Foundation Medicine reported after the close of the market yesterday that its fourth quarter revenues climbed 87 percent to $9.7 million from $5.2 million in the fourth quarter of 2013, and it reported results from more than 3,750 of its cancer tests during the quarter.
The Cambridge, Mass.-based cancer genomic analysis firm launched its next-gen sequencing-based solid tumor test, FoundationOne, which screens over 200 cancer-related genes last year, and launched a second product, FoundationOne Heme, for blood-based cancers last December.
During a conference call discussing the firm's fourth quarter and full-year earnings, company officials provided further details about Foundation Medicine's tests, market potential, its reimbursement strategy, and future plans. The company plans to expand the FoundationOne test for solid tumors in the first half of this year, and in the second half of the year it plans to introduce new features to its Interactive Cancer Explorer that will give users the ability to add and share clinical outcomes data.
Additionally, as it said previously, the company expects to report between 22,000 to 25,000 tests in 2014. It also plans to grow its US sales force, at 26 as of Dec. 31, 2013, to between 45 and 50 by the end of the year, and eventually to between 80 and 100.
Foundation Medicine President and CEO Michael Pellini said that even as the company adds additional genes to its panel, it does not plan to raise the price of its test, which it does not disclose publicly. "One thing we've been talking to payors about is this idea of delivering a fully comprehensive profile and ultimately getting paid for that approach at a set price," he said. The goal is to move away from the mindset that every time there is a new finding or an expansion of the test, that will lead to an additional price increase. "As we expand the test, we'll maintain the pricing. That's always been an important part of the strategy," he said.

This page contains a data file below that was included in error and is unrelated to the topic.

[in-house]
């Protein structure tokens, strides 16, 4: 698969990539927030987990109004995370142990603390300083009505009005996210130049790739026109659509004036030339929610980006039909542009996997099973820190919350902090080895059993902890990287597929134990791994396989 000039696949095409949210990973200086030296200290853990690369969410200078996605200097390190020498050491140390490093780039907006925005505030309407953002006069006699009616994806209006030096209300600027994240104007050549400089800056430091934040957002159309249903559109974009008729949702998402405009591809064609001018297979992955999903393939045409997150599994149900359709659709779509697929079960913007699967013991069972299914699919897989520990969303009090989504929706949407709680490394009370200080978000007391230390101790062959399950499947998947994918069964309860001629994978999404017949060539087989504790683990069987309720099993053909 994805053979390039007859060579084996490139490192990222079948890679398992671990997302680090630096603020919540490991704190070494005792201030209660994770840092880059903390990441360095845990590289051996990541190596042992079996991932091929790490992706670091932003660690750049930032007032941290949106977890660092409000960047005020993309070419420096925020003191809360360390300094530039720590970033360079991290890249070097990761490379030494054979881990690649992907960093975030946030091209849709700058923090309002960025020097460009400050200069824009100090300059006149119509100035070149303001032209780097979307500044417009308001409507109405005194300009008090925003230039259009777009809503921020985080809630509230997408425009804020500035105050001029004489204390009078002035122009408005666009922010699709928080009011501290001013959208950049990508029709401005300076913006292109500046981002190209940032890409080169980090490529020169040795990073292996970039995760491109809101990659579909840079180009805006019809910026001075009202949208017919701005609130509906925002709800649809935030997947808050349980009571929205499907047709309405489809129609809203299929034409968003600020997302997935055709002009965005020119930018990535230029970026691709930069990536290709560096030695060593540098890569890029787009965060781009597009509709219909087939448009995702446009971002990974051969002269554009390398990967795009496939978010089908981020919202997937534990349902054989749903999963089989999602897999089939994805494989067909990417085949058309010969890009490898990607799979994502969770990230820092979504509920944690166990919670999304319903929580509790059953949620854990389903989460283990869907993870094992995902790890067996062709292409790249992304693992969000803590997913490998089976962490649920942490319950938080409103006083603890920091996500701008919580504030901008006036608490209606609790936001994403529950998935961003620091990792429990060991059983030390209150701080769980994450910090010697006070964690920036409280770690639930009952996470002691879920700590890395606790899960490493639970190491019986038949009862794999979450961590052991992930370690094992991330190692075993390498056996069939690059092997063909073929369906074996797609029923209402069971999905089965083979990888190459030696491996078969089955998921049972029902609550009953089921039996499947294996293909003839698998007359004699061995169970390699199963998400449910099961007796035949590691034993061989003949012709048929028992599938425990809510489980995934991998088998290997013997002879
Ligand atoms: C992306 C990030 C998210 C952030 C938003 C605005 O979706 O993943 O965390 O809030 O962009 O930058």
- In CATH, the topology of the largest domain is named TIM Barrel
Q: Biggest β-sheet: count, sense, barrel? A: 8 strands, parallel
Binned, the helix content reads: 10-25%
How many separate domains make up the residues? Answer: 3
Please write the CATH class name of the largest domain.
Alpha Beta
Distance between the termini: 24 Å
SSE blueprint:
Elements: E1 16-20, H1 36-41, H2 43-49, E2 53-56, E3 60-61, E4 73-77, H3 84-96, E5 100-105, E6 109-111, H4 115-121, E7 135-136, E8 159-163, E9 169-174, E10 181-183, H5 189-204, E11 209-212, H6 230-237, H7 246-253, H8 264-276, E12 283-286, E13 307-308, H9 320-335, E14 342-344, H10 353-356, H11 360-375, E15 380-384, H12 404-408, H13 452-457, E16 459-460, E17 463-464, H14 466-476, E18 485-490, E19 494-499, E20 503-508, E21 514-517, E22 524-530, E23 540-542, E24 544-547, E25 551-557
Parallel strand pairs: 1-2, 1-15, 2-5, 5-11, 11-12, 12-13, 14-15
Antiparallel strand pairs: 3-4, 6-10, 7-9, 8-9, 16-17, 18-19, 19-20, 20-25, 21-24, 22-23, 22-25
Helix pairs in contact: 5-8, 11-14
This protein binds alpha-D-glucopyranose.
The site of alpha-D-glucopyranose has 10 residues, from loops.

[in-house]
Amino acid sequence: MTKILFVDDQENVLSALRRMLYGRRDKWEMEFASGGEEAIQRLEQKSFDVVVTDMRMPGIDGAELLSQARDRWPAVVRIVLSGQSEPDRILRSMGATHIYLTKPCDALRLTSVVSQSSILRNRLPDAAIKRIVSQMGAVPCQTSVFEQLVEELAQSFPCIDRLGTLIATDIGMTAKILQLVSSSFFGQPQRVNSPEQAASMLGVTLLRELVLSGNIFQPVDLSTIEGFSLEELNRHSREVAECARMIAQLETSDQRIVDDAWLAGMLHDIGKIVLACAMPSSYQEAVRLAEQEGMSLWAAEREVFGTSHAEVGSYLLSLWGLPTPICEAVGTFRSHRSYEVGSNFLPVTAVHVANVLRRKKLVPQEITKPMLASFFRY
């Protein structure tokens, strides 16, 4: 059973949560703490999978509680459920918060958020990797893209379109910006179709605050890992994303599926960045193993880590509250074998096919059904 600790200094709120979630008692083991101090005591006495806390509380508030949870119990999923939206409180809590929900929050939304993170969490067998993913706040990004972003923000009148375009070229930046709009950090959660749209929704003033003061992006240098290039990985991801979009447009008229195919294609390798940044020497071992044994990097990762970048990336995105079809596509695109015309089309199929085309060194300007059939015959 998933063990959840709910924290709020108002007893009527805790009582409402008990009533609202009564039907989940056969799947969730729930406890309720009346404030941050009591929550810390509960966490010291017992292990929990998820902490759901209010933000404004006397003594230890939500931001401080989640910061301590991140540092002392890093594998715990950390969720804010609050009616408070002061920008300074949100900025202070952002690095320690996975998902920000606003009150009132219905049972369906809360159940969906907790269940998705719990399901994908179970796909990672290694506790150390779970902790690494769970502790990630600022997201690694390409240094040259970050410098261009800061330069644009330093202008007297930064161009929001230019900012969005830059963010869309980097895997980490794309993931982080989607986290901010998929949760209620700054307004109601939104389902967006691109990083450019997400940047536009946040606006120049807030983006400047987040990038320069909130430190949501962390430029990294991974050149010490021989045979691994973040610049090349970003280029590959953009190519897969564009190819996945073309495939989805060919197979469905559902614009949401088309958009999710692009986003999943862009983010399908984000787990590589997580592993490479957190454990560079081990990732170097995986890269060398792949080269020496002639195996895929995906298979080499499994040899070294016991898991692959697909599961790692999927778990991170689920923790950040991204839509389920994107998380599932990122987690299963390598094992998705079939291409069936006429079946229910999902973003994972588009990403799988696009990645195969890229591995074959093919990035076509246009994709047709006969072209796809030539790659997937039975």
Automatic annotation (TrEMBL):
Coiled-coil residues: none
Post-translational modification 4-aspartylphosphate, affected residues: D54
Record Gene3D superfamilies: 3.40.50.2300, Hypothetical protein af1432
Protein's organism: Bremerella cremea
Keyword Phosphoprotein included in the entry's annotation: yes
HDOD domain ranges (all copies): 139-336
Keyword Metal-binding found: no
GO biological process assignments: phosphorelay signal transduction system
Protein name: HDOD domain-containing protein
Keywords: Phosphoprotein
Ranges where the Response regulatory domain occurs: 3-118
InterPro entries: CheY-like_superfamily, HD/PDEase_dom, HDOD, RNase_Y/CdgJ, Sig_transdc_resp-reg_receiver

Cancer testing market
Foundation Medicine has two main sets of customers — oncologists that order its tests to help guide treatment for cancer patients, and biopharmaceutical customers that use the test to aid in drug development and for clinical trial work.
During Q4 2013, the company reported results from 3,750 clinical tests, including both FoundationOne and FoundationOne Heme. Of those, 1,593 tests were for its biopharmaceutical customers, which made up around $4.4 million in revenue. The 2,157 tests performed for clinical customers, meantime, generated $5.3 million in revenue.
According to Pellini, the "commercial mix continues to demonstrate our uptake in community practices as well as within the academic medical centers." While uptake grew in both categories, community groups slightly outpaced academic centers, with 55 percent of reported tests from community-based practices in the fourth quarter, Pellini said. "Each category is on or ahead of plan, and we are encouraged with the progress and rapid growth," he said.